The Protestant Ethic of Prosperity
Is it a contradiction in terms for a Christian to be rich? If so, it’s a common contradiction and has been exhaustively studied ever since the Protestant Reformation. Some of the most informative research on the subject was compiled by the German sociologist, Max Weber, who studied the causal relationship of events in history. In 1904 Weber published The Protestant Ethic and the Spirit of Capitalism. This book is his attempt to explain the causes of the seemingly diverse phenomena of capitalism and Protestantism.
Protestantism, of course, refers to those who broke away or were expelled from the Roman Catholic Church following the Protestant Reformation. For a definition of capitalism we must first explain what it is not. In his introduction to The Protestant Ethic Max Weber points out that greed and the desire for personal gain, as well as trading and other economic enterprises designed to make a profit, exist everywhere and have been true of people in all walks of life and in all cultures of the earth. This human impulse to acquire wealth does not necessarily have anything to do with capitalism.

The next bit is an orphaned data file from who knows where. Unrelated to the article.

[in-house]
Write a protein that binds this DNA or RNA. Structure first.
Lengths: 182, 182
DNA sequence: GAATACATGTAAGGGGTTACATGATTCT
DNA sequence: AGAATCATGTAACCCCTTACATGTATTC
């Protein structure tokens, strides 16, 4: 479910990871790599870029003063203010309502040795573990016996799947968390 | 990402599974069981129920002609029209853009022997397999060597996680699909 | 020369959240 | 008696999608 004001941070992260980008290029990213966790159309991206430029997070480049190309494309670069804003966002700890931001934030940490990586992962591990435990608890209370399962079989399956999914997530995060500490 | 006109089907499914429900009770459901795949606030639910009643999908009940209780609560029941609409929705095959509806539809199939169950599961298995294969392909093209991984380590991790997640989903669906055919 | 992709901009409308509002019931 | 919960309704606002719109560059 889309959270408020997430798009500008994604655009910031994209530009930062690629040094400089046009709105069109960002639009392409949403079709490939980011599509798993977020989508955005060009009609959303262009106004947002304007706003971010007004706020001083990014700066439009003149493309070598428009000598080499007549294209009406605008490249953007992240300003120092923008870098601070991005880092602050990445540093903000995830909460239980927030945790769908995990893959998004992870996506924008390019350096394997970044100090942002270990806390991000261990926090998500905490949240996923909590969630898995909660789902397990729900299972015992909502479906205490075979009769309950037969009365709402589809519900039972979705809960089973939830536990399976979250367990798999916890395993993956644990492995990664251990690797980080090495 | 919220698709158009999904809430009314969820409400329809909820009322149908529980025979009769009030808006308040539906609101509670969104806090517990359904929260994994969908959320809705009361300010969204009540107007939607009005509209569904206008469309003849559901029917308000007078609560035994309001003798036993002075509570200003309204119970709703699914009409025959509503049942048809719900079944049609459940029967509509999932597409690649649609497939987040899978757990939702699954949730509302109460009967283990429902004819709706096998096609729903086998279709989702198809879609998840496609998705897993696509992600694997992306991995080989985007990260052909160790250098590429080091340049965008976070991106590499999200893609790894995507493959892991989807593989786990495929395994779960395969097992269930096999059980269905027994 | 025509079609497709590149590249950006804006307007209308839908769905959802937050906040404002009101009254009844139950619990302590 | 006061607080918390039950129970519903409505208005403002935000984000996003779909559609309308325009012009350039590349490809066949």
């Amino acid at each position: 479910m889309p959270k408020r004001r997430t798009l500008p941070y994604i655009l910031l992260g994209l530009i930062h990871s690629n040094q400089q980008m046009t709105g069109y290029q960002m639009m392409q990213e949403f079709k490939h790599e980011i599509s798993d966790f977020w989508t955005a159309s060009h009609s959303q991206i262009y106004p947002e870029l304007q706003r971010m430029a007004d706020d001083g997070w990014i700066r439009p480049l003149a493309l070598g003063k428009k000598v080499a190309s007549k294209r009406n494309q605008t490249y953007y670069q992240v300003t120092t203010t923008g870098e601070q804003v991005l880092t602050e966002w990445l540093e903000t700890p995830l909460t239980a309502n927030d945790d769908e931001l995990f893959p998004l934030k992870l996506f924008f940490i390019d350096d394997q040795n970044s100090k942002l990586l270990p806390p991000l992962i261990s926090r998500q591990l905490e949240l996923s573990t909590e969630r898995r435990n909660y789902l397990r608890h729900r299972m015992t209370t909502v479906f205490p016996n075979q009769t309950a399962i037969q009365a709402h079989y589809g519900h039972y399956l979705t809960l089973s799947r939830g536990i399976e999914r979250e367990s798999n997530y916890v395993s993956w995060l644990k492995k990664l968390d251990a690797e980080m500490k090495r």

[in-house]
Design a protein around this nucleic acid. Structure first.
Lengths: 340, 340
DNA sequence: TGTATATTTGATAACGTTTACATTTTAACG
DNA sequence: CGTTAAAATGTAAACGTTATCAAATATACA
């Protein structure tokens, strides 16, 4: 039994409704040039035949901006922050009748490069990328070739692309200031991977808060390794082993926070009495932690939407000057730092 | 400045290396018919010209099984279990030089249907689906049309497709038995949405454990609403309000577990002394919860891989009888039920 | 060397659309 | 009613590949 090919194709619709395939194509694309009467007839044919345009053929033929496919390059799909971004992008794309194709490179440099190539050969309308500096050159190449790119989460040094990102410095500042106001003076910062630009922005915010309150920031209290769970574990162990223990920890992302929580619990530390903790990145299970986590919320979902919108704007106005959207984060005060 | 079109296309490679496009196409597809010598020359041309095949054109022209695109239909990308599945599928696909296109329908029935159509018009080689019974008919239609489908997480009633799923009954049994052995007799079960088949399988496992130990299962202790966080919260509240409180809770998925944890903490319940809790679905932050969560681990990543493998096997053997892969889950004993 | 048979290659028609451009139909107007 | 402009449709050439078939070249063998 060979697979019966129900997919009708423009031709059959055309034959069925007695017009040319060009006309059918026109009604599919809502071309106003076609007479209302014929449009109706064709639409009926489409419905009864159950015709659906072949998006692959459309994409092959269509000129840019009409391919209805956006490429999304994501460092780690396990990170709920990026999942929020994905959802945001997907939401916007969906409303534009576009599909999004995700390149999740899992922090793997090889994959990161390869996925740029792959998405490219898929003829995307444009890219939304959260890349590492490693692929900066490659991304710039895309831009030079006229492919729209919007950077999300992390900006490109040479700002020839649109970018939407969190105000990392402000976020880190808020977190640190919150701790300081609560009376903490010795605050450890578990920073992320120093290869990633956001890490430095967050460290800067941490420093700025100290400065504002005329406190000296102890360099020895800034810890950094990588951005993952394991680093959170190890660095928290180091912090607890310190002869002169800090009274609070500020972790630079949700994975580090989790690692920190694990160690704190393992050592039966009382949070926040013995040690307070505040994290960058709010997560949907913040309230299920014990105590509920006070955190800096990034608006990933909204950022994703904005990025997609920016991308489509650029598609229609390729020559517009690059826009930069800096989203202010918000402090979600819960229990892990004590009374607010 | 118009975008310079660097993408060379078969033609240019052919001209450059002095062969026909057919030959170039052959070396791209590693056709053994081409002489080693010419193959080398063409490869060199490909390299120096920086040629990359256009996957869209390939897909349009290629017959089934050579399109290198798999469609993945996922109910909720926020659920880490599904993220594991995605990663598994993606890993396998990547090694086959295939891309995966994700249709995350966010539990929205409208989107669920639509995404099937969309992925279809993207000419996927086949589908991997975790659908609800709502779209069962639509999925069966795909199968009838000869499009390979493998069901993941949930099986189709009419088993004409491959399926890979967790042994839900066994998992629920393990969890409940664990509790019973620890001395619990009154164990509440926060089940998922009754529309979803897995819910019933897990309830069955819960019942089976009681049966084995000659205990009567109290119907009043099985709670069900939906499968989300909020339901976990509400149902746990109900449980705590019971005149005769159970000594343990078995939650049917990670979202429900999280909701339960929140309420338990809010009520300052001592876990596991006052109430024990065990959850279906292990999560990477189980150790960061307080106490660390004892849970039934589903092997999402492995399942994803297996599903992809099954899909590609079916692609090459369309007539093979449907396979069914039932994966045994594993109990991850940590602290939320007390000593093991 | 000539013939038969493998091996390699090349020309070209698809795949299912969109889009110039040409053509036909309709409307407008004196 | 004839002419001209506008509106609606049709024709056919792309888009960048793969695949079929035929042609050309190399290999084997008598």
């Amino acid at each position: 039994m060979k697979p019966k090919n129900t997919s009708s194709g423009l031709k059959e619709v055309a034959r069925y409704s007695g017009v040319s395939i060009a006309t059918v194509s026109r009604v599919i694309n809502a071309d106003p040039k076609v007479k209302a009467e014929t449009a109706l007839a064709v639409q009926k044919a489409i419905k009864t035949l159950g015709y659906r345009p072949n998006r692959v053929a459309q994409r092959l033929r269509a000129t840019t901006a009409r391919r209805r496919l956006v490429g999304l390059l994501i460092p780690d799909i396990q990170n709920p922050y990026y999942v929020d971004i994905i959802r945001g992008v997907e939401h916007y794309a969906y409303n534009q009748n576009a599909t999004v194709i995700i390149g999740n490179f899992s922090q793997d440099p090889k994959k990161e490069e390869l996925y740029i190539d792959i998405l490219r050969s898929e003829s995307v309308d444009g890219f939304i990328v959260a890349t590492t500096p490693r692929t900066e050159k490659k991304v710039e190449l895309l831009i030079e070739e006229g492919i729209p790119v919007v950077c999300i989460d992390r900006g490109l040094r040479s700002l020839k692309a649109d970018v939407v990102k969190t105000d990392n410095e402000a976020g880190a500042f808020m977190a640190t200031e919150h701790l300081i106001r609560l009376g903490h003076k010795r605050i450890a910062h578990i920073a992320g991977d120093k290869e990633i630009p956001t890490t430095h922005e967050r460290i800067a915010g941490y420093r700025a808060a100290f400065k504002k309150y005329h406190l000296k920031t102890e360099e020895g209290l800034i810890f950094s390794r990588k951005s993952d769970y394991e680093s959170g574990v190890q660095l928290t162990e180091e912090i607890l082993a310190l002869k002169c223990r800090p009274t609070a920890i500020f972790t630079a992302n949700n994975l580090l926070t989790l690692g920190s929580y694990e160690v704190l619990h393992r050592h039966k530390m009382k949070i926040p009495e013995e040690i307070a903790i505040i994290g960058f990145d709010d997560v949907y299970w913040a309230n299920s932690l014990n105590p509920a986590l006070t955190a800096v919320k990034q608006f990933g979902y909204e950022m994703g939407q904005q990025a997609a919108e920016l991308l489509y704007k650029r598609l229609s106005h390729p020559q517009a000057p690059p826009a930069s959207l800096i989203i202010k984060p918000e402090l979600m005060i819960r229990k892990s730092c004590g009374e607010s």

Weber defines capitalism as an economic action that expects to make a profit based on peaceful and mutually beneficial exchanges. He suggests that religious piety and capitalistic acquisition are compatible, and that both traits are characteristic of many of the most important Churches and sects in the history of Protestantism. He notes that in French Huguenot Churches monks and business men were particularly numerous. And the Spaniards knew that the Calvinism of the Dutch promoted trade which coincided with the capitalistic development of the Netherlands.
There is an even more striking connection between religious lifestyles and the ...